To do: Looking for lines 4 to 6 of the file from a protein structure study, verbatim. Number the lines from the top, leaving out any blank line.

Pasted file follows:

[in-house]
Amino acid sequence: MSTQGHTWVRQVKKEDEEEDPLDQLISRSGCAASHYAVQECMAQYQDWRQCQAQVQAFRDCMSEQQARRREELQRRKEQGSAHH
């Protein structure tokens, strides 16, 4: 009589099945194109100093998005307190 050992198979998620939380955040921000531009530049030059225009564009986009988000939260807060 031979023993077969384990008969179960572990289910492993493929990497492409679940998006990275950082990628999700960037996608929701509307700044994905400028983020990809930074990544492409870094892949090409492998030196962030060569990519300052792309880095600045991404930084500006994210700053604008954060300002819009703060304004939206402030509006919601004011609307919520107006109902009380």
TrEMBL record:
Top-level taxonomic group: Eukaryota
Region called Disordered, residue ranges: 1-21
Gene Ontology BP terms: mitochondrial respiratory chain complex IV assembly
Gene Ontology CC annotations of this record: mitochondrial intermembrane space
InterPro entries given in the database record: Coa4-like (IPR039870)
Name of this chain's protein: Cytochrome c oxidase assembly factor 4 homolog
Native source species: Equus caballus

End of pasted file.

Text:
TrEMBL record:
Top-level taxonomic group: Eukaryota
Region called Disordered, residue ranges: 1-21